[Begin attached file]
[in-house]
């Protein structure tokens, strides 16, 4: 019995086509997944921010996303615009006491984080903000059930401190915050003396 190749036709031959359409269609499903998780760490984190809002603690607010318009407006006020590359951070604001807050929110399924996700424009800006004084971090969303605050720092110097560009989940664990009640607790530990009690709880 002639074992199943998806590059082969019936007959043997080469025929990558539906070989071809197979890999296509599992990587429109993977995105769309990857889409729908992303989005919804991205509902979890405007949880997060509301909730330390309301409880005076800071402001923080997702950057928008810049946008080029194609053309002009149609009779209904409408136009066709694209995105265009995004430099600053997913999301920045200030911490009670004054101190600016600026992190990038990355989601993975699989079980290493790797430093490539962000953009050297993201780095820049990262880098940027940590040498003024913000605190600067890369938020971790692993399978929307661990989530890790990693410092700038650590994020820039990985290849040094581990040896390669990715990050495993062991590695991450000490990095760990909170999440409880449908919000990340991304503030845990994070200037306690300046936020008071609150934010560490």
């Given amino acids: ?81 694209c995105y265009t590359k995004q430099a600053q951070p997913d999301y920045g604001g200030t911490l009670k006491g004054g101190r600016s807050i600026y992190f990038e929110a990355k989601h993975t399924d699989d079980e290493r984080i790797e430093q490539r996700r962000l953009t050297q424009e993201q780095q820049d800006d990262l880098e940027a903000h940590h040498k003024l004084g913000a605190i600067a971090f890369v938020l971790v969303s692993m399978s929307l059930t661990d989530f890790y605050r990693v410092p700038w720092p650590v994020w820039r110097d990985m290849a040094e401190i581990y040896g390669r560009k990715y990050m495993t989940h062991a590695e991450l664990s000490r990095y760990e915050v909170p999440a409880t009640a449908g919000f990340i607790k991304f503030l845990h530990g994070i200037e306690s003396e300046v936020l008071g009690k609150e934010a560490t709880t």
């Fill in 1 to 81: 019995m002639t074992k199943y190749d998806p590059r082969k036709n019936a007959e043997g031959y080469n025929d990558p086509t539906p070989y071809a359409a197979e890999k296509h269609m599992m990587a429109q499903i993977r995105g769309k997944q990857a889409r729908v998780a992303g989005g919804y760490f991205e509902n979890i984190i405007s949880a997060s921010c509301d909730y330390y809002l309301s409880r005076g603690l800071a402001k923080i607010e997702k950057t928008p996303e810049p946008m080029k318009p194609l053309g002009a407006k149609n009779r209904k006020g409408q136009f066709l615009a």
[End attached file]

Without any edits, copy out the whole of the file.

[in-house]
């Protein structure tokens, strides 16, 4: 019995086509997944921010996303615009006491984080903000059930401190915050003396 190749036709031959359409269609499903998780760490984190809002603690607010318009407006006020590359951070604001807050929110399924996700424009800006004084971090969303605050720092110097560009989940664990009640607790530990009690709880 002639074992199943998806590059082969019936007959043997080469025929990558539906070989071809197979890999296509599992990587429109993977995105769309990857889409729908992303989005919804991205509902979890405007949880997060509301909730330390309301409880005076800071402001923080997702950057928008810049946008080029194609053309002009149609009779209904409408136009066709694209995105265009995004430099600053997913999301920045200030911490009670004054101190600016600026992190990038990355989601993975699989079980290493790797430093490539962000953009050297993201780095820049990262880098940027940590040498003024913000605190600067890369938020971790692993399978929307661990989530890790990693410092700038650590994020820039990985290849040094581990040896390669990715990050495993062991590695991450000490990095760990909170999440409880449908919000990340991304503030845990994070200037306690300046936020008071609150934010560490």
């Given amino acids: ?81 694209c995105y265009t590359k995004q430099a600053q951070p997913d999301y920045g604001g200030t911490l009670k006491g004054g101190r600016s807050i600026y992190f990038e929110a990355k989601h993975t399924d699989d079980e290493r984080i790797e430093q490539r996700r962000l953009t050297q424009e993201q780095q820049d800006d990262l880098e940027a903000h940590h040498k003024l004084g913000a605190i600067a971090f890369v938020l971790v969303s692993m399978s929307l059930t661990d989530f890790y605050r990693v410092p700038w720092p650590v994020w820039r110097d990985m290849a040094e401190i581990y040896g390669r560009k990715y990050m495993t989940h062991a590695e991450l664990s000490r990095y760990e915050v909170p999440a409880t009640a449908g919000f990340i607790k991304f503030l845990h530990g994070i200037e306690s003396e300046v936020l008071g009690k609150e934010a560490t709880t």
């Fill in 1 to 81: 019995m002639t074992k199943y190749d998806p590059r082969k036709n019936a007959e043997g031959y080469n025929d990558p086509t539906p070989y071809a359409a197979e890999k296509h269609m599992m990587a429109q499903i993977r995105g769309k997944q990857a889409r729908v998780a992303g989005g919804y760490f991205e509902n979890i984190i405007s949880a997060s921010c509301d909730y330390y809002l309301s409880r005076g603690l800071a402001k923080i607010e997702k950057t928008p996303e810049p946008m080029k318009p194609l053309g002009a407006k149609n009779r209904k006020g409408q136009f066709l615009a």